Big Morongo Canyon Preserve: Walk on the Wild Side

If you sometimes find yourself driving on California State Highway 62, in Morongo Valley, between Palm Springs and Parker, Arizona, then you’ve been by Big Morongo Canyon Preserve, and maybe didn’t even know it was there.

Once considered a secret hideaway by Native Americans and later settlers alike, the Big Morongo Canyon Preserve is a true oasis in the desert.

Situated snugly on the edge of the Sand to Snow National Monument, its more than 31,000 acres contain a wide variety of habitats; Sonoran and Mojave Desert ecosystems, riparian woodlands, a community park, stands of yuccas, pinyon, oak, and juniper woodlands.

The preserve is popular with birdwatchers, joggers, hikers and nature lovers. It also happens to be one of the 10 largest cottonwood and willow riparian habitats in California. 

The preserve entrance is one block south of State Highway 62 in Morongo Valley via East Drive directly across the highway from the former Willie Boy’s Saloon with its life-size buffalo statue on the roof. You will see a low sign to your left designating the preserve. It is easy to miss. Continue slowly on the bumpy asphalt road past the park host’s residential trailer to the parking lot.

Big Morongo Canyon Preserve offers six distinctive trails to explore from easy to strenuous, and more than 9 miles in length. Trail maps, as well as bird and butterfly checklists and other helpful information, are available for free in the information kiosk at the gateway to the trails, adjacent to the parking lot.

Marsh Trail and Mesquite Trails are designated as easy trails, taking about 15 minutes each to complete. Marsh trail is a winding 6-foot wide boardwalk made of recycled plastic and sawdust that meanders over a stream under a canopy of Fremont cottonwoods, red willows and an occasional white alder.

Big Morongo Canyon Preserve is a bird watcher’s dream, especially in spring and fall, during the migration of semi-tropical birds. The marsh supports the second highest density of breeding birds known in the United States.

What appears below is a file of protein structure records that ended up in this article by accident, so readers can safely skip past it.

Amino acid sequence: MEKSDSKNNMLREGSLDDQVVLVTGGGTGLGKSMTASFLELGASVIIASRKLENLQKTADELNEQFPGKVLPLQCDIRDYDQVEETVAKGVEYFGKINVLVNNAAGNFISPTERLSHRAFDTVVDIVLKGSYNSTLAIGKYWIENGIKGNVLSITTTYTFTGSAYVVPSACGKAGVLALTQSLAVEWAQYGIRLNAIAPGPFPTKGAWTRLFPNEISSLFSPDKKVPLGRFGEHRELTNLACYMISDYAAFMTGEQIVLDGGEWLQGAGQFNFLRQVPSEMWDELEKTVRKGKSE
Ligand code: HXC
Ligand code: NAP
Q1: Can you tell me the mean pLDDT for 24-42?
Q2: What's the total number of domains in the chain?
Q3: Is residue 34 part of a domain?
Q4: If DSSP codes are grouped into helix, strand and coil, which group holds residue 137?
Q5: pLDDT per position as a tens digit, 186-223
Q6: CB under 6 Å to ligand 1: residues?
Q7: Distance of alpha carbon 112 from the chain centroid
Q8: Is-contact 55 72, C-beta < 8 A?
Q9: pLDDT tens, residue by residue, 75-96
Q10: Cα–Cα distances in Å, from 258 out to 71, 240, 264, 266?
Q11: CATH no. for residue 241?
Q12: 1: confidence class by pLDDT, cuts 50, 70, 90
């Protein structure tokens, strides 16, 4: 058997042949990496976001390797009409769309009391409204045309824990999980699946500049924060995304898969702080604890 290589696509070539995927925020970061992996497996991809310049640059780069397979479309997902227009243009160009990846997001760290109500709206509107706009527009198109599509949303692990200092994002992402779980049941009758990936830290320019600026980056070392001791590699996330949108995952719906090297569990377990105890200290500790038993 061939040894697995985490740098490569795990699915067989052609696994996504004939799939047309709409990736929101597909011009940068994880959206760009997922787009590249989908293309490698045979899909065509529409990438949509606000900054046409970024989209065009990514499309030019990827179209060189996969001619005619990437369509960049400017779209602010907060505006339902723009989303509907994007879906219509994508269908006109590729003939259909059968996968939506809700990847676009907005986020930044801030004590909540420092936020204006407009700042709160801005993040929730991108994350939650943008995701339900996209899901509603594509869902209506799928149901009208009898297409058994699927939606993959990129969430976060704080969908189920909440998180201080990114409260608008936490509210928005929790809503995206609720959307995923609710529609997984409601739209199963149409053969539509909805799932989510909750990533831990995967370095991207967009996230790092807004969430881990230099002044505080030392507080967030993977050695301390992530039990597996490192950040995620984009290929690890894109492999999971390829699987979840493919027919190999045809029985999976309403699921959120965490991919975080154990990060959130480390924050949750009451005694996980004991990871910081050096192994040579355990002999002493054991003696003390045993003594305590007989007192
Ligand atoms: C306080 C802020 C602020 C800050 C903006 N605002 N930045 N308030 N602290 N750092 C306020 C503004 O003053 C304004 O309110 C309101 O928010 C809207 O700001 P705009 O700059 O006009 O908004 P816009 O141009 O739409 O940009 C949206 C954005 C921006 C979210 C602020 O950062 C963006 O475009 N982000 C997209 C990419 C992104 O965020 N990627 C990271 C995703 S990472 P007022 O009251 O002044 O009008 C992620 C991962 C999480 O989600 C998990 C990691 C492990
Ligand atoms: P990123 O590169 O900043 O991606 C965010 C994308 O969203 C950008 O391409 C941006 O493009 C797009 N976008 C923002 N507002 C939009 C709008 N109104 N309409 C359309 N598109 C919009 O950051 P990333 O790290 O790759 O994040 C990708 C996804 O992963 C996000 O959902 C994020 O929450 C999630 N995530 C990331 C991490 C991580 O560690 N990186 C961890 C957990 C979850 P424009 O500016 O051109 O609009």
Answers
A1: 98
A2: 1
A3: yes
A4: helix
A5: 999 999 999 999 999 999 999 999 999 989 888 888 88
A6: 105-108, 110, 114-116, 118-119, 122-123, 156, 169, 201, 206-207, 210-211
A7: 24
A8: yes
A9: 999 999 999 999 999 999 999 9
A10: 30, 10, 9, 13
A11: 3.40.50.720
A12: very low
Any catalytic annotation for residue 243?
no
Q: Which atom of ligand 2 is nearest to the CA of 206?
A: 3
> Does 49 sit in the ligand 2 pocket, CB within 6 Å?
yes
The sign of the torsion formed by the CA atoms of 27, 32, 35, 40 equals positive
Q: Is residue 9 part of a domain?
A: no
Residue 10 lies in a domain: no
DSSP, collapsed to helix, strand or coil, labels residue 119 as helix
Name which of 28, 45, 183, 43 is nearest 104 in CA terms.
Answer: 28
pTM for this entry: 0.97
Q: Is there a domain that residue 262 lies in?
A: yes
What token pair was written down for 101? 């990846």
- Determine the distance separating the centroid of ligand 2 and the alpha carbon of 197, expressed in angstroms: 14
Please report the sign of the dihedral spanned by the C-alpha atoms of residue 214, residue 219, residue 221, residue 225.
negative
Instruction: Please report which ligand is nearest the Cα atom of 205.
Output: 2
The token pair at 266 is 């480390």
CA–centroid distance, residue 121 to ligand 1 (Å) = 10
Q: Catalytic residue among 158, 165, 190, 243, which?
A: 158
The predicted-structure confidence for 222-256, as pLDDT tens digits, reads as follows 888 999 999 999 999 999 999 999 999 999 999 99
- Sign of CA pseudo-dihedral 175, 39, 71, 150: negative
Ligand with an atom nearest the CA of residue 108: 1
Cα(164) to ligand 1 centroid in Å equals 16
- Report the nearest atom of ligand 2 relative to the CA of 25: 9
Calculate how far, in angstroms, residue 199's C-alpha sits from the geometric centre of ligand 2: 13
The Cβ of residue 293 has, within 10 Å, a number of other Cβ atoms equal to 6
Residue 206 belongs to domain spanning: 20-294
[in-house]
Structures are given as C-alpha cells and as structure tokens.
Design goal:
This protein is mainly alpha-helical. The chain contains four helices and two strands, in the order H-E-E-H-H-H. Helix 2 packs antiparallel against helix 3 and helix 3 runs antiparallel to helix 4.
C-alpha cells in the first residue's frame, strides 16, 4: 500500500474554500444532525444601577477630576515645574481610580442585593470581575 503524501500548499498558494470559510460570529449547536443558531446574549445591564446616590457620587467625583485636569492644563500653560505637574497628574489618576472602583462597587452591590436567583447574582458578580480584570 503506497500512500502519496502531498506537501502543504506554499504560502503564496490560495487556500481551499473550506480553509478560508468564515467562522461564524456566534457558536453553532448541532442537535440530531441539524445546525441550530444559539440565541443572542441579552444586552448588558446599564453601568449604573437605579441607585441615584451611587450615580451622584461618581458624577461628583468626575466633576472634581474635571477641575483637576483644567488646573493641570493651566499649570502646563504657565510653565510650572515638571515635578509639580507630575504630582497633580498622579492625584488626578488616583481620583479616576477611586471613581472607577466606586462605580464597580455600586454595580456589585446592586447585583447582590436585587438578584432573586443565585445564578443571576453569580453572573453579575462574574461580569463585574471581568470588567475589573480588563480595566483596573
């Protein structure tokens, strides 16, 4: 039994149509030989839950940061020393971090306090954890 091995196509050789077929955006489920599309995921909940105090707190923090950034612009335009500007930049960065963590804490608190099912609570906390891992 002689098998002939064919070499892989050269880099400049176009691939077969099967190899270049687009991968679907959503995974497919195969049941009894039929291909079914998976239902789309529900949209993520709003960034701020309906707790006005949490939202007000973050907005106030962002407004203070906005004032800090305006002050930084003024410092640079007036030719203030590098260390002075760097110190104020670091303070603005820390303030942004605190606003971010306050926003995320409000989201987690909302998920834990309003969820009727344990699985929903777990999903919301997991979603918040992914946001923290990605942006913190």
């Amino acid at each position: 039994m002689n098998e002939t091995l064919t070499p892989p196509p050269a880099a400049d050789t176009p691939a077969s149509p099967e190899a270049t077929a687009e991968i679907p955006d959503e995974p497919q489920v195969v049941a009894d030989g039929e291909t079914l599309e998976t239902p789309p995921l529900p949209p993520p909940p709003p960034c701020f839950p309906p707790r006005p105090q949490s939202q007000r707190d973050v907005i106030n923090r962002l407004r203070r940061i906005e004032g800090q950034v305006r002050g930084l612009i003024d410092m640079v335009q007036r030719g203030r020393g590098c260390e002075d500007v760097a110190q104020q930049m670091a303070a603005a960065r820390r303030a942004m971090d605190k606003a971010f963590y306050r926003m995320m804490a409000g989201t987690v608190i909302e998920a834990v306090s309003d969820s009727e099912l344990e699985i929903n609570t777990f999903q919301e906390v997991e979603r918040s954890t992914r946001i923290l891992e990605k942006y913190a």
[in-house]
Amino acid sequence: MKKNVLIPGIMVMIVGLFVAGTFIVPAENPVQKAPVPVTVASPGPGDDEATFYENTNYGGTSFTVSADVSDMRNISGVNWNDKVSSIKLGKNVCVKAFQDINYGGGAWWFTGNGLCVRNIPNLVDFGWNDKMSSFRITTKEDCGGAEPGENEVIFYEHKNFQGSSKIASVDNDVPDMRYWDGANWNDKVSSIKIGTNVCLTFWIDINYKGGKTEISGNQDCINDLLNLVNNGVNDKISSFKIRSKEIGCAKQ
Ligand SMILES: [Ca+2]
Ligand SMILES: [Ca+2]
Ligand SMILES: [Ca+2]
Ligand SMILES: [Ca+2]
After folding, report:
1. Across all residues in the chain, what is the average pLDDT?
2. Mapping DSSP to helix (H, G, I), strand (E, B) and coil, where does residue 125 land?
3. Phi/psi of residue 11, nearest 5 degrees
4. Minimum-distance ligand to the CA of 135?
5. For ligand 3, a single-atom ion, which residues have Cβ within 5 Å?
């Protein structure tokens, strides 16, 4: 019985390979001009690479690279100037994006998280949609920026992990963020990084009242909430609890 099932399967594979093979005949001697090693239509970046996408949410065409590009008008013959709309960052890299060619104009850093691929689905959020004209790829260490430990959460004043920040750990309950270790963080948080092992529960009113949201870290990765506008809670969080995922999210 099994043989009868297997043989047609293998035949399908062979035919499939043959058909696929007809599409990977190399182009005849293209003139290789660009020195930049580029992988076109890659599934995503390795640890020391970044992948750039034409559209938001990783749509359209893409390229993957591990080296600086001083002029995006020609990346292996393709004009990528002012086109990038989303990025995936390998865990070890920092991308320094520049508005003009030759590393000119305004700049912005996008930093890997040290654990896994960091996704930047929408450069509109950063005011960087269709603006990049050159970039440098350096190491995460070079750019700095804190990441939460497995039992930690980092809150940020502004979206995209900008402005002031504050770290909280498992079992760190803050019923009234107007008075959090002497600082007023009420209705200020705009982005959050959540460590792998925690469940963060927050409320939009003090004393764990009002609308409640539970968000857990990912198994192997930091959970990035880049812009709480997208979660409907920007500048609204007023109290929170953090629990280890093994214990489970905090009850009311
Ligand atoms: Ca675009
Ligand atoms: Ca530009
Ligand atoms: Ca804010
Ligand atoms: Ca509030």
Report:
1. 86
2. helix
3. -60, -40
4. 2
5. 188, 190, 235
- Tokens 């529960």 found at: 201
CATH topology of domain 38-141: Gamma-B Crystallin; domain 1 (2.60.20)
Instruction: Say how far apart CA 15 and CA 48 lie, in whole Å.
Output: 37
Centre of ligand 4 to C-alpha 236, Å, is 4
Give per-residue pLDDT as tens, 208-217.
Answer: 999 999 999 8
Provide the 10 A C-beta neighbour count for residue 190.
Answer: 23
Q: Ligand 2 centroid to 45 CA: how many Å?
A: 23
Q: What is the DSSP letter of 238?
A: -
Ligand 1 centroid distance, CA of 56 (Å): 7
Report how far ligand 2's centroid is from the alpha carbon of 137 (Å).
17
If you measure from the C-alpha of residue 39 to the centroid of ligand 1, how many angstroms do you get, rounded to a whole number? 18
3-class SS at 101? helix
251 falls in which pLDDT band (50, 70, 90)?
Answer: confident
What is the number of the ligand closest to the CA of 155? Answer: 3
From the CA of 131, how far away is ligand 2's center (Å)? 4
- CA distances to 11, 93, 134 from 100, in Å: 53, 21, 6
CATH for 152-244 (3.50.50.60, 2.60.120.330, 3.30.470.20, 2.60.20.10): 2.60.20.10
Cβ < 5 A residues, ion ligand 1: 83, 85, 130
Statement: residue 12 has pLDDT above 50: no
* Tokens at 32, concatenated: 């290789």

Mountain lions inhabit a wide range of ecosystems, making their home anywhere there is shelter and prey, including mountains, forests, deserts, and wetlands.
The San Bernardino County Sun, Jan 5, 1975

Mesquite Trail offers an enchanting stream-side walk under Fremont cottonwoods and red willows. You will discover the octagon-shaped George Helkamp deck. Skirt the front of a desert mountain and observe a large outcropping of ancient gneiss that marks the face of the Morongo Valley Fault, a left-lateral strike-slip fault that ruptured in the Holocene Period, 10,000 years ago. According to the Caltech’s Southern California Earthquake Data Center, it’s slip rate is less than 0.5 mm a year.

Desert Willow Trail and Yucca Ridge Trail are graded as moderate trails, taking about 25 minutes each to hike. Desert Willow Trail has limited shade but there are benches in shady spots. The dirt trail wanders through open fields of fall-blooming Goldenbush on the edge of a honey mesquite thicket dropping down to a desert wash habitat. Just past Currie Bridge, it joins the shady Marsh Trail.

Yucca Ridge Trail gives a spectacular birds-eye view of the preserve’s woodland and wetland areas. It’s not hard to imagine yourself walking through the plains of Africa, with Mount Kilimanjaro in the distance.

Okay, we know. That’s really either Mount San Gorgonio or Mount San Jacinto, but we’re all about letting your imagination wander and your spirit soar, so bear with us if you will.

Further along in the preserve you can find great views of natural rock with white dikes of apatite intruding into an ancient outcrop of gneiss that is over one billion years old and one of the oldest exposed rock formations in California.

Gneiss is a metamorphic rock.

West Canyon Trail is rated as difficult at 0.84 miles, taking about 35 minutes. However, Canyon Trail is 8.34 miles round trip and 9.76 miles from the parking lot, is of course the most strenuous trail. All trails are well marked.